But if yi=0, then its likelihood was only 0.2

And

conversely for Pr(yi=0)

Maximum Likelihood Estimation

Let L(yi | ) be the likelihood of yi given

For any given trial set of coefficients, we can


calculate the likelihood of each yi.
Then the likelihood of the entire sample is:

L ( y1 ) L ( y2 ) L ( y3 ) K L ( yn ) = L ( yi )
i =1

Maximum likelihood estimation finds the s that


maximize this expression.
Heres the same thing in visual form

Maximum Likelihood Estimation


1

y* = x + , Probit: 1#[0,1]
P(y=1) = Probit(y*)

Maximum Likelihood Estimation


1

y* = x + , Probit: 1#[0,1]
P(y=1) = Probit(y*)

Given estimates of , the distance


from yi to the line P(y=1) is 1-L(yi | )

Maximum Likelihood Estimation


1

y* = x + , Probit: 1#[0,1]
P(y=1) = Probit(y*)

1-L(y3)
0

y3

Given estimates of , the distance


from y3 to the line P(y=1) is 1-L(y3 | )

Maximum Likelihood Estimation


1

y9
y* = x + , Probit: 1#[0,1]
P(y=1) = Probit(y*)

1-L(y9)

1-L(y3)
0

Given estimates of , the distance


from y9 to the line P(y=1) is 1-L(y9 | )

Maximum Likelihood Estimation


1
Probit(x)

Impact of changing

Maximum Likelihood Estimation


1
Probit(x)

Impact of changing to

Maximum Likelihood Estimation


1
Probit(x)

Remember, the object is to maximize


the product of the likelihoods L(yi | )

Maximum Likelihood Estimation


1
Probit(x)

Using may bring regression line closer


to some observations, further from others

Maximum Likelihood Estimation


1

P( y1 = 1) = P y1* 0 = P(1 x1 )

Error Terms for MLE

Maximum Likelihood Estimation


1

0
t = 1 2 3

Time Series

Time Series Cross Section


1

0
1

0
1

0
1

Country 1

Country 2

Country 3

Country 4

Maximum Likelihood Estimation

Recall that a likelihood function is:


n

L ( y1 ) L ( y2 ) L ( y3 ) K L ( yn ) = L ( yi ) L
i =1

To maximize this, use the trick of taking the log first


Since

maximizing the log(L) is the same as maximizing L


n

log(L ) = log L ( yi )
i =1

= log[L ( yi )]
i =1

Maximum Likelihood Estimation

Lets see how this works on some simple examples


Take a coin flip, so that Yi=0 for tails, Yi=1 for heads
Say

you toss the coin n times and get p heads


Then the proportion of heads is p/n

Since Yi is 1 for heads and 0 for tails, p/n is also the sample mean

Intuitively,

wed think that the best estimate of p is p/n

If the true probability of heads for this coin is , then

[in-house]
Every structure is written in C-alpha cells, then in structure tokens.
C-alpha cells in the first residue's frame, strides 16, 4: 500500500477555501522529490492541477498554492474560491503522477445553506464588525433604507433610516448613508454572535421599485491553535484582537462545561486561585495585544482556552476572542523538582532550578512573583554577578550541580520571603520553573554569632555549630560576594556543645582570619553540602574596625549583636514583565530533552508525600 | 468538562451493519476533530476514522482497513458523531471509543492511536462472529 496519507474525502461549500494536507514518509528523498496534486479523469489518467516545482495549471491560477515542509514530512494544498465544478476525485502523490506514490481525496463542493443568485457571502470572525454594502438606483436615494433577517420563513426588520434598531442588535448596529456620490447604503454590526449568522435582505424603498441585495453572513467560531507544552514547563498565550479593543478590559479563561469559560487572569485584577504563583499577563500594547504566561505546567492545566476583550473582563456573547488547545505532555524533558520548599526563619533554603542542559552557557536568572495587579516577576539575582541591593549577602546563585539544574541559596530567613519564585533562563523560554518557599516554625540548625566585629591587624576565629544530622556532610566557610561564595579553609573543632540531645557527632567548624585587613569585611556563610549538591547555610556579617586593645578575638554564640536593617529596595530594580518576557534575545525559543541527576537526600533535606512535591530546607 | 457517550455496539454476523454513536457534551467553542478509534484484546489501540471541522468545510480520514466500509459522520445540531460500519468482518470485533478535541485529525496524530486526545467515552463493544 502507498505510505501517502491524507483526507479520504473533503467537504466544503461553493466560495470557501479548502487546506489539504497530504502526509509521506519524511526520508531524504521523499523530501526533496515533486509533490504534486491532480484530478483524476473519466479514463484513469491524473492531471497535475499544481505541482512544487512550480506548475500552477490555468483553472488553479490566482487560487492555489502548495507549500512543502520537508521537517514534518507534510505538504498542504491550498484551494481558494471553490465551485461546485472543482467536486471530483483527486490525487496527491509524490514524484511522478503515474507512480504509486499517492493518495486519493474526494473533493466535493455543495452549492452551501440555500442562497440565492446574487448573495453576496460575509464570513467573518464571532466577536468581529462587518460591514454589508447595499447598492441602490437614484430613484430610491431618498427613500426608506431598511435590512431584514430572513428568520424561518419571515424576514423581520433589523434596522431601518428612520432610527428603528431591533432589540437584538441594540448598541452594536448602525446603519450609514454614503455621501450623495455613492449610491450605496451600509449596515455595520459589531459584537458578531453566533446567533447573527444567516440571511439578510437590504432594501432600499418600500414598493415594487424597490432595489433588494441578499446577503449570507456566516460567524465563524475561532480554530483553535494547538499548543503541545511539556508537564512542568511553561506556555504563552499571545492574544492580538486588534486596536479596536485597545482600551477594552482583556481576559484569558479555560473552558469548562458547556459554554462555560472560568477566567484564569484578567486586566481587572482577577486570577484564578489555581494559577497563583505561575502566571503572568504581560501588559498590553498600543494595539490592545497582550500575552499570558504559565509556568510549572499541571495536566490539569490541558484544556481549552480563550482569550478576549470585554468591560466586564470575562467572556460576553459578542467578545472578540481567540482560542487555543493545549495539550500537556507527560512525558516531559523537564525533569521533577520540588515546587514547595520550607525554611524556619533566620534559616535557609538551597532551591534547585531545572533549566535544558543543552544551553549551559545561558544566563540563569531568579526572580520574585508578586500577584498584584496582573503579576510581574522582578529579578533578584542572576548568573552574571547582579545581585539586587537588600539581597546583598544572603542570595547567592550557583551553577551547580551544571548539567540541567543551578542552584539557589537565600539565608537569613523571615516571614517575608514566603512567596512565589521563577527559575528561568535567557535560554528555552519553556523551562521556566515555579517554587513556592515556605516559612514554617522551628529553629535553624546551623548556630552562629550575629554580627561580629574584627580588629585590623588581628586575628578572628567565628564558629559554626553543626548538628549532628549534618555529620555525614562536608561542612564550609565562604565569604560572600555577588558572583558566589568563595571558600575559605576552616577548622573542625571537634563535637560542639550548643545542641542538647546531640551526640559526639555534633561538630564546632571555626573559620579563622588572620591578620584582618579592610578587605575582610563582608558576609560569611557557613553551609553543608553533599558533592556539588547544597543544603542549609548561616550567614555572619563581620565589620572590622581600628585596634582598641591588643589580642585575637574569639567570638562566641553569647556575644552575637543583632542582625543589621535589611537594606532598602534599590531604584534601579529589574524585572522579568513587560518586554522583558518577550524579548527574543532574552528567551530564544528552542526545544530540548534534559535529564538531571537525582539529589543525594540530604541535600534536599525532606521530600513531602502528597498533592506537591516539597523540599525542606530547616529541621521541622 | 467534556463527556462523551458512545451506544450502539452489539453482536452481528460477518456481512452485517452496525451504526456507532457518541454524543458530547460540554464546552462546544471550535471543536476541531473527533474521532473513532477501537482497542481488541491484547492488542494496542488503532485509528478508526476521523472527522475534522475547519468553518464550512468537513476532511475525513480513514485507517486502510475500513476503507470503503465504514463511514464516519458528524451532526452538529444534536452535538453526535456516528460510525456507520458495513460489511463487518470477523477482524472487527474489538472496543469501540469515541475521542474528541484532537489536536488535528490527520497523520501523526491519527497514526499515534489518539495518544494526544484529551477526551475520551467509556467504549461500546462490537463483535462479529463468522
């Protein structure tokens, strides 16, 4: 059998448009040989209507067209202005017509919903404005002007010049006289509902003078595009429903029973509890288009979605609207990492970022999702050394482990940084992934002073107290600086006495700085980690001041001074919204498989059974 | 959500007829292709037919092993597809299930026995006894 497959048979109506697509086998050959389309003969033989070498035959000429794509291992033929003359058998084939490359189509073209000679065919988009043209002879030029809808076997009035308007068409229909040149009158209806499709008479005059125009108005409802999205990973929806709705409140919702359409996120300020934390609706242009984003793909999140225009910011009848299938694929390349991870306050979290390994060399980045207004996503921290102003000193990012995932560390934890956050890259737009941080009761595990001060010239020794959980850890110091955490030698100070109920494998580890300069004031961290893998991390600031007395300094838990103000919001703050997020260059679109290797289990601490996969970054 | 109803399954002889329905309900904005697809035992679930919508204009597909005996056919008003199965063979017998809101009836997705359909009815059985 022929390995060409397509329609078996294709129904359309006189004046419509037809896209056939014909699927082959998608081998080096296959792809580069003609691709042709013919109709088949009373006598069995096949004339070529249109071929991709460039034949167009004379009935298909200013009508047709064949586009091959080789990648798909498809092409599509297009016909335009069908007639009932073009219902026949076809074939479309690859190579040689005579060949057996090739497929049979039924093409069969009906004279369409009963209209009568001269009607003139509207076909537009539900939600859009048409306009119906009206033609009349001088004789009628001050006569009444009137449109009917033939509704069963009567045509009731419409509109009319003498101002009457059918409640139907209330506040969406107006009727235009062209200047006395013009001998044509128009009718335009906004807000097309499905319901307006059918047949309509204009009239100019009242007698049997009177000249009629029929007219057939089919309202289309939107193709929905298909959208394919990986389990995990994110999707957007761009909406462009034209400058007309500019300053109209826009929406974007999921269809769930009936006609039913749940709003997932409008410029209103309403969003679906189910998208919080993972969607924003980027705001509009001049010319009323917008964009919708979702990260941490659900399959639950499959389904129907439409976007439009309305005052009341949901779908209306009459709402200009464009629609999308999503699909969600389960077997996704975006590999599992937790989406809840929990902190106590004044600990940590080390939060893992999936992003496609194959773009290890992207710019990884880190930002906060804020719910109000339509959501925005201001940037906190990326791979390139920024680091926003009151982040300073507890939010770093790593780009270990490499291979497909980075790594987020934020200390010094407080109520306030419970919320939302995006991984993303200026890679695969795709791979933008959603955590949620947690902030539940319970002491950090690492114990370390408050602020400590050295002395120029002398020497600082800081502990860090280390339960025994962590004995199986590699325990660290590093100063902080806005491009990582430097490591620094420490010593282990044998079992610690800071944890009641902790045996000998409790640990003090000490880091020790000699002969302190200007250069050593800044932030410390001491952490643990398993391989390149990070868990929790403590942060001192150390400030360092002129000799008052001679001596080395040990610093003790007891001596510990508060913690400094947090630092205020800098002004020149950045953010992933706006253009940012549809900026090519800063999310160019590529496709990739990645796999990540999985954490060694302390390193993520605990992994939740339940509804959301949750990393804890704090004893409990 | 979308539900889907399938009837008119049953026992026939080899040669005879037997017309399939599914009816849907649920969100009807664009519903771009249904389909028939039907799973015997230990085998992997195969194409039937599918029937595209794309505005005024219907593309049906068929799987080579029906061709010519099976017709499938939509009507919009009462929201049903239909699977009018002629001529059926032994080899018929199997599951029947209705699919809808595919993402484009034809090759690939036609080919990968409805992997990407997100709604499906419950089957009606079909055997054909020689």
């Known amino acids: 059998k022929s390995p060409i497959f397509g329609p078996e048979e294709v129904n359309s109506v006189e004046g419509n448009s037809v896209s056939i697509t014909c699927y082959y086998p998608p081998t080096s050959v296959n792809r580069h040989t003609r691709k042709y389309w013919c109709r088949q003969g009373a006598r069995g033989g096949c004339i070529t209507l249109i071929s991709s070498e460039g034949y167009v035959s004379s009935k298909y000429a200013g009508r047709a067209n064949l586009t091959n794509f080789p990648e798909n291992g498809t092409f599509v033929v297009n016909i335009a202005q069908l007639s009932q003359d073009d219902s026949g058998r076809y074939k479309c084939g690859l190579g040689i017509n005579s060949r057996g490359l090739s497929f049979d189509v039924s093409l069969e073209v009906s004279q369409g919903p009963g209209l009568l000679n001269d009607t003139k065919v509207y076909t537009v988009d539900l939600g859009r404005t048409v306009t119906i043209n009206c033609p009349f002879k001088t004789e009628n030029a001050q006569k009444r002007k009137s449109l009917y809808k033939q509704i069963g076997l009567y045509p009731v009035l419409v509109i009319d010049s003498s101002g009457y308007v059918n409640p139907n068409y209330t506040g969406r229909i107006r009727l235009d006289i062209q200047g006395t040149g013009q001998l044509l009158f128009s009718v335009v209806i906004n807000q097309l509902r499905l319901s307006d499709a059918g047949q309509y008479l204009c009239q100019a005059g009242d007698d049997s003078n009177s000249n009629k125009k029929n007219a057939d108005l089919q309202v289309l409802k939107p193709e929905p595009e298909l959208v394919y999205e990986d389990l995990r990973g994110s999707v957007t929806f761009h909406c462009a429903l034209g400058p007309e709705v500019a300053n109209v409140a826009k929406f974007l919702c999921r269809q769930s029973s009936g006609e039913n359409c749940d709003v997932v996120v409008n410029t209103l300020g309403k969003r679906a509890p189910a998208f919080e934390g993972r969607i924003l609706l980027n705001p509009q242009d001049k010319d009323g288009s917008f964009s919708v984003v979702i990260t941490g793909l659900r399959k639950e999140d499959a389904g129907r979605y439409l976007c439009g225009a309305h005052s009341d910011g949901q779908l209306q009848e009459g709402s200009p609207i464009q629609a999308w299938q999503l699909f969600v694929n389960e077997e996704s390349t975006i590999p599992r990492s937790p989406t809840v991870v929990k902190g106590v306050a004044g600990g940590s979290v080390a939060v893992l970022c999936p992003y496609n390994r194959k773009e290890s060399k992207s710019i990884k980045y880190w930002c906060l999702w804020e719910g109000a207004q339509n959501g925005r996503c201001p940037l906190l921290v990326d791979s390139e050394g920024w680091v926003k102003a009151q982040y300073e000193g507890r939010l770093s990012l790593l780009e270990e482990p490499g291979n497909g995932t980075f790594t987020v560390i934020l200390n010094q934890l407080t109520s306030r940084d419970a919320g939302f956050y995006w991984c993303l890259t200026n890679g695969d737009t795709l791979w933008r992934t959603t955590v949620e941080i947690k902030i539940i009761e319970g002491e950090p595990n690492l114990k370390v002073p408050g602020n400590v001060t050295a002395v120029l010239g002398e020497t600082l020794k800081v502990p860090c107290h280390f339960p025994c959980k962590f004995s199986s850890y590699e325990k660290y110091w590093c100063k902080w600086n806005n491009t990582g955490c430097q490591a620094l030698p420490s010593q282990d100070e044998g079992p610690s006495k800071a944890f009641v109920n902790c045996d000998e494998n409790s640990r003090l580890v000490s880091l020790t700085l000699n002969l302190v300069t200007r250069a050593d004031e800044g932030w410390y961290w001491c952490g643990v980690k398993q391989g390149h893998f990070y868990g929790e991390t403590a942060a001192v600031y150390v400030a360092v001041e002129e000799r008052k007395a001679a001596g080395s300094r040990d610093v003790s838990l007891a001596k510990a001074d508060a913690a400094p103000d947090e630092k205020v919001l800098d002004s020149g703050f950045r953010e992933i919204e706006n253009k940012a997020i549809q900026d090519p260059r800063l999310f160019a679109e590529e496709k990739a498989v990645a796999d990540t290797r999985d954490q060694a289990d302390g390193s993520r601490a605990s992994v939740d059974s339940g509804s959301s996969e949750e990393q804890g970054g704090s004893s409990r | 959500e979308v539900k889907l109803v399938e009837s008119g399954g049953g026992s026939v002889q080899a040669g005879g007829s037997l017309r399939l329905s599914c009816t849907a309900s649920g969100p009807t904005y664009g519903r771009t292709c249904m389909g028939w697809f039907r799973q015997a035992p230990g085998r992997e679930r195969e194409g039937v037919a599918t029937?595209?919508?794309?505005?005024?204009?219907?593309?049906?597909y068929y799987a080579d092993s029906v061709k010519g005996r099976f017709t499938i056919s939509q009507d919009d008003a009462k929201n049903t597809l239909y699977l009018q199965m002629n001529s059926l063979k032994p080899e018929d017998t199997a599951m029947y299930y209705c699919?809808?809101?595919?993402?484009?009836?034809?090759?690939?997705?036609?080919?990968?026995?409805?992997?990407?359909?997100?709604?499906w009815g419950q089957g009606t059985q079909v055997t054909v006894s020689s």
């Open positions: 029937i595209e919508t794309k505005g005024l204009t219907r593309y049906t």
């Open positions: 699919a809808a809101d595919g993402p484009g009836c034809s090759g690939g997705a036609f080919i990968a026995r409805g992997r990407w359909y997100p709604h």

the likelihood of observation Yi is:

if yi = 1
L ( yi ) =
1 if yi = 0
= (1 )
yi

1 yi

Maximum Likelihood Estimation

Maximizing the log-likelihood, we get


n

i =1

i =1

max [log L ( yi| )] = log yi (1 )

1 yi

= yi log( ) + (1 yi ) log(1 )
i =1

To maximize this, take the derivative with respect to


n

d yi log( ) + (1 yi ) log(1 )
d log L

= i =1

1
= yi (1 yi )

1
i =1
1

Maximum Likelihood Estimation

Finally, set this derivative to 0 and solve for


n
yi (1 yi )
=0


i =1

[ y (1 ) (1 y ) ]
i =1

[y
i =1

(1 )

=0

yi + (1 yi ) ] = 0
n

n = yi
i =1
n

y
i =1

Maximum Likelihood Estimation

Finally, set this derivative to 0 and solve for


n
yi (1 yi )
=0


i =1

[ y (1 ) (1 y ) ]
i =1

[y
i =1

(1 )

=0

yi + (1 yi ) ] = 0
n

n = yi
i =1
n

y
i =1

Magically, the value


of that maximizes
the likelihood
function is the
sample mean, just
as we thought.

Maximum Likelihood Estimation

Can do the same exercise for OLS regression


set of coefficients that maximize the likelihood would
then minimize the sum of squared residuals, as before

The

This works for logit/probit as well


In fact, it works for any estimation equation
Just

look at the likelihood function L youre trying to


maximize and the parameters you can change
Then search for the values of that maximize L
(Well

skip the details of how this is done.)

Maximizing L can be computationally intense, but


with todays computers its usually not a big problem

Maximum Likelihood Estimation

This is what Stata does when you run a probit:


. probit black bvap
Iteration
Iteration
Iteration
Iteration
Iteration
Iteration
Iteration

0:
1:
2:
3:
4:
5:
6:

log
log
log
log
log
log
log

likelihood
likelihood
likelihood
likelihood
likelihood
likelihood
likelihood

Probit estimates

Log likelihood = -198.78004

=
=
=
=
=
=
=

-735.15352
-292.89815
-221.90782
-202.46671
-198.94506
-198.78048
-198.78004
Number of obs
LR chi2(1)
Prob > chi2
Pseudo R2

=
=
=
=

1507
1072.75
0.0000
0.7296

-----------------------------------------------------------------------------black |
Coef.
Std. Err.
z
P>|z|
[95% Conf. Interval]
-------------+---------------------------------------------------------------bvap |
0.092316
.5446756
16.95
0.000
0.081641
0.102992
_cons | -0.047147
0.027917
-16.89
0.000
-0.052619
-0.041676
------------------------------------------------------------------------------

Maximum Likelihood Estimation

This is what Stata does when you run a probit:


. probit black bvap
Iteration
Iteration
Iteration
Iteration
Iteration
Iteration
Iteration

0:
1:
2:
3:
4:
5:
6:

log
log
log
log
log
log
log

likelihood
likelihood
likelihood
likelihood
likelihood
likelihood
likelihood

Probit estimates

Log likelihood = -198.78004

=
=
=
=
=
=
=